The Modern Strategist – An Owner’s Manual
We’re going to provide you with an owner’s manual. Yes, an owner’s manual. So you can really get the most out of your strategists.
Congratulations. If you’re reading this article, then you’re likely a marketer or a member of an advertising agency. And this means it’s quite possible that you have access to a strategist, or someone with the title of “Planner.” Perhaps you are one yourself.
Regardless, as you open the box called Strategy, in violation of one of Apple’s most cherished principles, we’re going to provide you with an owner’s manual. Yes, an owner’s manual. So you can really get the most out of your strategists.
First, a definition as a starting point, so you know what you’ve bought.
There are many definitions of “strategy.” Some derive from military origins, but the one I’m going to use here is, like many of the metaphors and lessons we use at BBR and L’Institut Idée, inspired by the natural world. It’s well down the list in the Merriam-Webster dictionary, but it’s the most interesting by far:
Strategy: An adaptation or complex of adaptations (as of behaviour, metabolism, or structure) that serves or appears to serve an important function in achieving evolutionary success.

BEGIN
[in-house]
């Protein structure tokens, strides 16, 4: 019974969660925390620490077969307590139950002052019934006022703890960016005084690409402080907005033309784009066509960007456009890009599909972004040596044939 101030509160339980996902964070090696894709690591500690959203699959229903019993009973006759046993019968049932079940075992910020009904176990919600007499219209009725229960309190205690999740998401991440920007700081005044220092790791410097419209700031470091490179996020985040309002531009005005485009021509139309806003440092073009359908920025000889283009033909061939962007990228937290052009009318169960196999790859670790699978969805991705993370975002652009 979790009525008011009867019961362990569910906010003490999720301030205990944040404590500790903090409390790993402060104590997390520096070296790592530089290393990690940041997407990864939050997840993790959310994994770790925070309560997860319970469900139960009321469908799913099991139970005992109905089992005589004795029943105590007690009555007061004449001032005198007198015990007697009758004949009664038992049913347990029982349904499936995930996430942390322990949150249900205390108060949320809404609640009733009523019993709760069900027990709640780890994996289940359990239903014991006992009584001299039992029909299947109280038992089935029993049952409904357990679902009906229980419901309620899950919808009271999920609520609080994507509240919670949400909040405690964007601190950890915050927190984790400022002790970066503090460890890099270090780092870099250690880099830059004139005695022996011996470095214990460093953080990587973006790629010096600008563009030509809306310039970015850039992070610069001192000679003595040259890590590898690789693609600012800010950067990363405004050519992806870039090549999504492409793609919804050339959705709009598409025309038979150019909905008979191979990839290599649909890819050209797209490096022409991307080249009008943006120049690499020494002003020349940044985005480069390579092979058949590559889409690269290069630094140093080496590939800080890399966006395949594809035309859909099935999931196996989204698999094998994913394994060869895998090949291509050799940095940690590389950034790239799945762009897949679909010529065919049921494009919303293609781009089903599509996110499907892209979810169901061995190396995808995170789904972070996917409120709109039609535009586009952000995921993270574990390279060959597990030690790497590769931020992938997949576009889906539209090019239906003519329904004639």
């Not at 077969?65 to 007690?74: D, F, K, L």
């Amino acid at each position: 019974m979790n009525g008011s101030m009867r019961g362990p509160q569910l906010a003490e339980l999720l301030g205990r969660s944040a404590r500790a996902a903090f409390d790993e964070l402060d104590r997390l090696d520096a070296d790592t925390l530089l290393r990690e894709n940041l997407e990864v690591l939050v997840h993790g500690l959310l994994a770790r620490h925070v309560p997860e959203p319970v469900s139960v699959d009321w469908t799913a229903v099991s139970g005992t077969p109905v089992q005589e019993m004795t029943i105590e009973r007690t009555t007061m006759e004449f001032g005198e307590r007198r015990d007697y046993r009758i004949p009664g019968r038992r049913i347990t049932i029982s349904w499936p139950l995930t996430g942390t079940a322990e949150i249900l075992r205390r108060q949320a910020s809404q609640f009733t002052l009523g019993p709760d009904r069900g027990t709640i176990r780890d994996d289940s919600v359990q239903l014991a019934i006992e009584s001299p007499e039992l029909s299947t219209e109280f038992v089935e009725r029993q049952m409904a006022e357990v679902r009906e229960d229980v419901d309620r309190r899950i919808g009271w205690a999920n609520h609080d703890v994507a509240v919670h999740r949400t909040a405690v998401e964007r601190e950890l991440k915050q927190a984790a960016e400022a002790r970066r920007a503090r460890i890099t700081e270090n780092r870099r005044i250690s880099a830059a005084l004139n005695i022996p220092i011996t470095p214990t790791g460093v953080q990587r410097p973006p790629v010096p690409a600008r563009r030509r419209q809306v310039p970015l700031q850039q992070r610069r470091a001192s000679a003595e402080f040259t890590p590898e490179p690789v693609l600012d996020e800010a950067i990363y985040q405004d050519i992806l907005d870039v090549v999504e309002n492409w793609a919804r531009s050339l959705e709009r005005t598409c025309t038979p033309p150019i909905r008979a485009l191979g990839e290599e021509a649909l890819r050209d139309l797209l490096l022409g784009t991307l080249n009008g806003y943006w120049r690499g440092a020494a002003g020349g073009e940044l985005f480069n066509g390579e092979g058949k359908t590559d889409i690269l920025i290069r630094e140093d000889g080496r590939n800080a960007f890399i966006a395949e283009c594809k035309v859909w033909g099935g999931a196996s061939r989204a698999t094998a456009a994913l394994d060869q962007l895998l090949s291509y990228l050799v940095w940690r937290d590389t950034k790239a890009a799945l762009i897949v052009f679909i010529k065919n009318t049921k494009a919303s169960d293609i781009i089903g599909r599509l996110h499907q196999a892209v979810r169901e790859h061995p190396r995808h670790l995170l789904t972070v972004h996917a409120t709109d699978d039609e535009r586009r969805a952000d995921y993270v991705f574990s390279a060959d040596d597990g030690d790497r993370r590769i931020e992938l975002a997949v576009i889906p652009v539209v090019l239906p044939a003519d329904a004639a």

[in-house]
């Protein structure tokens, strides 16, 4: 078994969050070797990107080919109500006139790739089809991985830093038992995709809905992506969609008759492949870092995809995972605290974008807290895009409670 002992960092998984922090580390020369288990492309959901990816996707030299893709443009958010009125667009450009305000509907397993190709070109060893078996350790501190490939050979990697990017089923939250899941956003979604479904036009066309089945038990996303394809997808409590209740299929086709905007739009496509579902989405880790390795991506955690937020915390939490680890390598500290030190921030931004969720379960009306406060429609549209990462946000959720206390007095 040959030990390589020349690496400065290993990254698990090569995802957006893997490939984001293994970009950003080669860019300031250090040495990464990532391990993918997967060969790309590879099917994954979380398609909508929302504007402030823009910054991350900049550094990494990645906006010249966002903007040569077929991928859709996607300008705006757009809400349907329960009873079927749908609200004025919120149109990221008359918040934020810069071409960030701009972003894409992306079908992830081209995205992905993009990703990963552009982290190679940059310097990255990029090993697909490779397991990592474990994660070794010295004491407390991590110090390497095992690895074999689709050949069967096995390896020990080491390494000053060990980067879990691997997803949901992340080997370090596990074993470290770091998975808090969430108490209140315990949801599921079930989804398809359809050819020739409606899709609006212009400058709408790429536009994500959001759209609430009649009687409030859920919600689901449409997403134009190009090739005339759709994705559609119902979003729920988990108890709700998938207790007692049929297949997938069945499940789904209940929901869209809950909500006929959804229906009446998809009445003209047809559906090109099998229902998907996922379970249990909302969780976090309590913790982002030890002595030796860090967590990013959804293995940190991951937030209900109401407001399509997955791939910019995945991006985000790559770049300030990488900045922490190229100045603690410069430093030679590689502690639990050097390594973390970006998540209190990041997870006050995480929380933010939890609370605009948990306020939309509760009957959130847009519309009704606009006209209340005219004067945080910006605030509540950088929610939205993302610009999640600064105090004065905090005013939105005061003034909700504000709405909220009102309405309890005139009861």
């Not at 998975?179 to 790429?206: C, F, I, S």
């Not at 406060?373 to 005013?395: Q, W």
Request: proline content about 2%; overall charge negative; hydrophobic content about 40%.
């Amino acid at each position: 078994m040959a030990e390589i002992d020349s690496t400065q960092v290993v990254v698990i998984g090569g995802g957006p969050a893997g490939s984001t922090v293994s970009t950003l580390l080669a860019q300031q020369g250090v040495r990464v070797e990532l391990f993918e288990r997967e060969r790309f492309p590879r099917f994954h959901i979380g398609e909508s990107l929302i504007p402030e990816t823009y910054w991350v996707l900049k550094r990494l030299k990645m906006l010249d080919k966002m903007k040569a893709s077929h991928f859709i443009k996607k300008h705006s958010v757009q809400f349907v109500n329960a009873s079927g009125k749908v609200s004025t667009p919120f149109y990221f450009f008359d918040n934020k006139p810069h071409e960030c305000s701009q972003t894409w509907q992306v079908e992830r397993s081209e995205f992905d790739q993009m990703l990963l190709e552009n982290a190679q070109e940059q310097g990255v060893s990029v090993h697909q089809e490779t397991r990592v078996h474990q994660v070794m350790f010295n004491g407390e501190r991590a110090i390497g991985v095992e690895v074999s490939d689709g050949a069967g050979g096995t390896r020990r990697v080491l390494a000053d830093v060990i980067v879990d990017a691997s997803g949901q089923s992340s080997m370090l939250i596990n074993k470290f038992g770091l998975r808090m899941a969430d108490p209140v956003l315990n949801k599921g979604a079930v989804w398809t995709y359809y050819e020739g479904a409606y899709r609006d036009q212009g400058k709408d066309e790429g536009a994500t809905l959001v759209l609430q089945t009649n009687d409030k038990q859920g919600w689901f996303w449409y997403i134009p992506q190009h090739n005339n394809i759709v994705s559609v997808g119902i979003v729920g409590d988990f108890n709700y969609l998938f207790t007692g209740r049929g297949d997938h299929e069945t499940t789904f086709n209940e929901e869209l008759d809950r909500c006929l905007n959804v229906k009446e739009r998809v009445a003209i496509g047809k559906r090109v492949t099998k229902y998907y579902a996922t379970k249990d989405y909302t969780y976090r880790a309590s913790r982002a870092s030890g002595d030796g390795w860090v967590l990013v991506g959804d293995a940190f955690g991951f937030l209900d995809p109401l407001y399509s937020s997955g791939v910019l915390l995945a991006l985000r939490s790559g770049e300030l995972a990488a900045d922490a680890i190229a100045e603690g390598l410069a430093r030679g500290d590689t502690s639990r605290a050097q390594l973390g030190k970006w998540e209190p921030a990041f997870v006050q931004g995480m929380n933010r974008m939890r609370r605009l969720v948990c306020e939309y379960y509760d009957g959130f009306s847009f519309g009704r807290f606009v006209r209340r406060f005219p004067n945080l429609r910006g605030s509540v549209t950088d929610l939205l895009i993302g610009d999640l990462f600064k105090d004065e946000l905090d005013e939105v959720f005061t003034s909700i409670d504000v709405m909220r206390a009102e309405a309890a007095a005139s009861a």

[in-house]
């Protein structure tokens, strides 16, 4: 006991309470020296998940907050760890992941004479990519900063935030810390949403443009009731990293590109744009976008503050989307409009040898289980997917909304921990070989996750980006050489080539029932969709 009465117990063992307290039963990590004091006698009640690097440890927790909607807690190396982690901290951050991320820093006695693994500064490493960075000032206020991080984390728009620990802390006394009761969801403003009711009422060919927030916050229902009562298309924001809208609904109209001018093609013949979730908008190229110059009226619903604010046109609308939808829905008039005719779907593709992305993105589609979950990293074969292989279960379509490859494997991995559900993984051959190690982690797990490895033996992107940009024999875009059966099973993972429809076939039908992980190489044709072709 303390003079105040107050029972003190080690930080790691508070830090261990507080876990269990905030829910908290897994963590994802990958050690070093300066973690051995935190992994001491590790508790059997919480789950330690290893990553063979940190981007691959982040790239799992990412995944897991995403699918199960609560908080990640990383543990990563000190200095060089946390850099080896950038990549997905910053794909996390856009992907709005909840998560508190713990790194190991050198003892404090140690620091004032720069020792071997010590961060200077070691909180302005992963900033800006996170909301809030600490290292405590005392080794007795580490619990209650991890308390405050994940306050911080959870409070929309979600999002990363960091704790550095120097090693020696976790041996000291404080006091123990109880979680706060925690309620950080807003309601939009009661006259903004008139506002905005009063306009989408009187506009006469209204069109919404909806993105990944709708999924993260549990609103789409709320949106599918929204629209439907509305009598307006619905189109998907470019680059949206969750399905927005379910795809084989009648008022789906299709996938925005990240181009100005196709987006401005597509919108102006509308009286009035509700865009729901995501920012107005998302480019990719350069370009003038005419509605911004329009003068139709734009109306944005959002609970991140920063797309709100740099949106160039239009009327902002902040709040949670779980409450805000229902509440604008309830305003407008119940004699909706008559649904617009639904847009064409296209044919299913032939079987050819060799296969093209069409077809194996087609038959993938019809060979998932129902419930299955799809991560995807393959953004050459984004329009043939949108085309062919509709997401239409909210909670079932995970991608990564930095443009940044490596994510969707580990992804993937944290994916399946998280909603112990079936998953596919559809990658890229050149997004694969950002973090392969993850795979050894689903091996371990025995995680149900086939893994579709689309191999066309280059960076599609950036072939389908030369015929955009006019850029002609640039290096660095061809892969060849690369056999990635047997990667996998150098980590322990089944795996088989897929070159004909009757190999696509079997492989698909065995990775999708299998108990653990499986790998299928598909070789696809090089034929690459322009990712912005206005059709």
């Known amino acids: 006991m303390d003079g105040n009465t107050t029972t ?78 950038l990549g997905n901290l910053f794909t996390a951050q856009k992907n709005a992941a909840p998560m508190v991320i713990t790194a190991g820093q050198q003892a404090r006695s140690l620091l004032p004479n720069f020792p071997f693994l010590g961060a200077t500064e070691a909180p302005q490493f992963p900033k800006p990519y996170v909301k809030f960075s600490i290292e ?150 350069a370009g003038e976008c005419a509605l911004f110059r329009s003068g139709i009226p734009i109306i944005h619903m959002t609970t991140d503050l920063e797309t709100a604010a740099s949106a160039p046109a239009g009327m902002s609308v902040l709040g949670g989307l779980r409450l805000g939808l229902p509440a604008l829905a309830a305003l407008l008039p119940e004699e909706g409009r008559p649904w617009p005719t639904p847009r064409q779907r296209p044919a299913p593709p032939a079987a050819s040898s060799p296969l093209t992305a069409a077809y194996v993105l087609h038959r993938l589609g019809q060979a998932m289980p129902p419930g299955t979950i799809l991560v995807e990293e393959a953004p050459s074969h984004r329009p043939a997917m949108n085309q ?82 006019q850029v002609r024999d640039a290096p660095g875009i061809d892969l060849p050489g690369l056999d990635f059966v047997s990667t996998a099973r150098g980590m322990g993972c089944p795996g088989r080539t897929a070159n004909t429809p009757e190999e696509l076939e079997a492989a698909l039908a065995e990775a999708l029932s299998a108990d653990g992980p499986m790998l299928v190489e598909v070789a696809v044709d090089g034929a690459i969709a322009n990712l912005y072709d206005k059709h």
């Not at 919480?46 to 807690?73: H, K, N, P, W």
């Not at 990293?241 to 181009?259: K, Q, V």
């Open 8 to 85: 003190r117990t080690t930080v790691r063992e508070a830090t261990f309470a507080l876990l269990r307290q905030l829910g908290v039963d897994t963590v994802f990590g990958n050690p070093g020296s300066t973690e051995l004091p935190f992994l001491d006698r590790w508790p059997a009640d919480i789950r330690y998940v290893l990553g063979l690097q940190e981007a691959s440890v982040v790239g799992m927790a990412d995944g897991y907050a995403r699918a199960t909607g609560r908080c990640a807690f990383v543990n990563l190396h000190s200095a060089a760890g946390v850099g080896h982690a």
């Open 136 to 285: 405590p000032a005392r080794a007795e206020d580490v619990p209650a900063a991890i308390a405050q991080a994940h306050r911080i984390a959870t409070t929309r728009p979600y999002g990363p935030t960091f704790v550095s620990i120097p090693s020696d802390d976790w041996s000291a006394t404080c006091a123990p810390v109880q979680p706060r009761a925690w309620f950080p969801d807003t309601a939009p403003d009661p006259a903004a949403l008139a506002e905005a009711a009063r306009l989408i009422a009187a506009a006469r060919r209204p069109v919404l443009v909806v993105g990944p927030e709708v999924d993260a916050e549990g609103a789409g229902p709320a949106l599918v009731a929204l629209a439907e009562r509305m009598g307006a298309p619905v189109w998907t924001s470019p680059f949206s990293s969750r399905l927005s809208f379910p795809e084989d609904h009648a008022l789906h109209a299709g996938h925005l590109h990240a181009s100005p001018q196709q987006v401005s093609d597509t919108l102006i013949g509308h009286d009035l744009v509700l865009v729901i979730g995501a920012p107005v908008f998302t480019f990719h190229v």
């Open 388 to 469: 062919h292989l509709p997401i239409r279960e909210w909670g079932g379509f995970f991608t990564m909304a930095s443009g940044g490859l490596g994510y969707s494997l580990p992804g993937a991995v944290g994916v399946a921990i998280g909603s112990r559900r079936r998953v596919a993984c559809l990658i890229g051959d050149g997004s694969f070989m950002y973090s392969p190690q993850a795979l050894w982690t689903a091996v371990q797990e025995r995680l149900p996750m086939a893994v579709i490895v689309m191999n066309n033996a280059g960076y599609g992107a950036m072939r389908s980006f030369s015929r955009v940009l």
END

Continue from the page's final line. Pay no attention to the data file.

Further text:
There are many strategies in the natural world that are astoundingly brilliant, and when we relinquish the fallacy that the human species has some kind of monopoly on strategy, universes open up for our learning and delight.
For instance, the strategy of certain ant species that farm aphids to harvest the nutritious honeydew they produce. This method of farming livestock far pre-dates any agricultural activity by mankind.
Or symbiotic partnerships that span entire eras, such as lichen—a strategic partnership of algae and fungus that allowed this pairing to conquer entire regions of our world.
So, extrapolating from the definition above, we can formulate the strategist’s job as follows:
To design a pattern of thinking that will result in the most adaptive structures and behaviours in the ongoing mission to achieve evolutionary success.
Or, put another way: the strategist’s job is to guide the thinking of the chieftains, to ensure the village survives and flourishes. (And, of course, sometimes the chieftains are the strategists, and vice versa.)
I put particular emphasis on the phrase “to design a pattern of thinking” because this is the basis of everything. Insights, the lifeblood and livelihood of a strategist, are the result of seeing patterns in the market that are ripe opportunities for an organization or brand to exploit.
But their job doesn’t end there. They must persuasively put forward a framework to guide creative and tactical thinking, to give their team members the highest chance of landing on ideas that have a significant evolutionary advantage.
In upcoming posts, we’ll get more into the nitty-gritty of how to use your strategist, but for now, we’ve laid a good basis—one that positions the market not as a machine, but as an evolving and intelligent macro-ecosystem.